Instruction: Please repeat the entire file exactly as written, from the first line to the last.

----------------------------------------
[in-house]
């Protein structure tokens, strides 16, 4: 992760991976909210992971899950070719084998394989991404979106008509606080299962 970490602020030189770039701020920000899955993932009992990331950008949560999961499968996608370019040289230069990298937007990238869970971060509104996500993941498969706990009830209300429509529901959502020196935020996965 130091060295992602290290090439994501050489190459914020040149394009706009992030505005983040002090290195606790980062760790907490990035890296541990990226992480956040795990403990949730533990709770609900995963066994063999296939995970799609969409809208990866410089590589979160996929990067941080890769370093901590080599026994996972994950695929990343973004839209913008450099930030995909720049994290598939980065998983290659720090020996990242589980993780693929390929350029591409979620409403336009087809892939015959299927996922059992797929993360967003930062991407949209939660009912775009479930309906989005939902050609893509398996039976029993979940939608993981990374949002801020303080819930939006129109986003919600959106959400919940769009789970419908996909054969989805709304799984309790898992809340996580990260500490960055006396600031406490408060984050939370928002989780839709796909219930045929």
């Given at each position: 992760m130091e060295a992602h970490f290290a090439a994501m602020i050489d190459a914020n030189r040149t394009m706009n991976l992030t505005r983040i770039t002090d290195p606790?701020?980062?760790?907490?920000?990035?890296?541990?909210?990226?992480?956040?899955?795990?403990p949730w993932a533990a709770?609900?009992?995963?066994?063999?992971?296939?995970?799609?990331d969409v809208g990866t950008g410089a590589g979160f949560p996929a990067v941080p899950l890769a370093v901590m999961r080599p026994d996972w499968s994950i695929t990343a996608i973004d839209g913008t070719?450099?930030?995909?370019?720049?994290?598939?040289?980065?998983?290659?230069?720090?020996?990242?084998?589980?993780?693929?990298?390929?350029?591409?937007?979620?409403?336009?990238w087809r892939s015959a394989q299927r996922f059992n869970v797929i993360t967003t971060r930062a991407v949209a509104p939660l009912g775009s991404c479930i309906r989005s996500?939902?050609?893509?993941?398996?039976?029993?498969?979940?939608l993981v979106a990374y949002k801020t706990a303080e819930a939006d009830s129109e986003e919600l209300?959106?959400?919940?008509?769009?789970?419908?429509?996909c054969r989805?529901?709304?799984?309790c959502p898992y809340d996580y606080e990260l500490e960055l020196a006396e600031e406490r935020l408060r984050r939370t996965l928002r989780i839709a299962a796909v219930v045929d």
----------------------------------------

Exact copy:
[in-house]
């Protein structure tokens, strides 16, 4: 992760991976909210992971899950070719084998394989991404979106008509606080299962 970490602020030189770039701020920000899955993932009992990331950008949560999961499968996608370019040289230069990298937007990238869970971060509104996500993941498969706990009830209300429509529901959502020196935020996965 130091060295992602290290090439994501050489190459914020040149394009706009992030505005983040002090290195606790980062760790907490990035890296541990990226992480956040795990403990949730533990709770609900995963066994063999296939995970799609969409809208990866410089590589979160996929990067941080890769370093901590080599026994996972994950695929990343973004839209913008450099930030995909720049994290598939980065998983290659720090020996990242589980993780693929390929350029591409979620409403336009087809892939015959299927996922059992797929993360967003930062991407949209939660009912775009479930309906989005939902050609893509398996039976029993979940939608993981990374949002801020303080819930939006129109986003919600959106959400919940769009789970419908996909054969989805709304799984309790898992809340996580990260500490960055006396600031406490408060984050939370928002989780839709796909219930045929």
């Given at each position: 992760m130091e060295a992602h970490f290290a090439a994501m602020i050489d190459a914020n030189r040149t394009m706009n991976l992030t505005r983040i770039t002090d290195p606790?701020?980062?760790?907490?920000?990035?890296?541990?909210?990226?992480?956040?899955?795990?403990p949730w993932a533990a709770?609900?009992?995963?066994?063999?992971?296939?995970?799609?990331d969409v809208g990866t950008g410089a590589g979160f949560p996929a990067v941080p899950l890769a370093v901590m999961r080599p026994d996972w499968s994950i695929t990343a996608i973004d839209g913008t070719?450099?930030?995909?370019?720049?994290?598939?040289?980065?998983?290659?230069?720090?020996?990242?084998?589980?993780?693929?990298?390929?350029?591409?937007?979620?409403?336009?990238w087809r892939s015959a394989q299927r996922f059992n869970v797929i993360t967003t971060r930062a991407v949209a509104p939660l009912g775009s991404c479930i309906r989005s996500?939902?050609?893509?993941?398996?039976?029993?498969?979940?939608l993981v979106a990374y949002k801020t706990a303080e819930a939006d009830s129109e986003e919600l209300?959106?959400?919940?008509?769009?789970?419908?429509?996909c054969r989805?529901?709304?799984?309790c959502p898992y809340d996580y606080e990260l500490e960055l020196a006396e600031e406490r935020l408060r984050r939370t996965l928002r989780i839709a299962a796909v219930v045929d």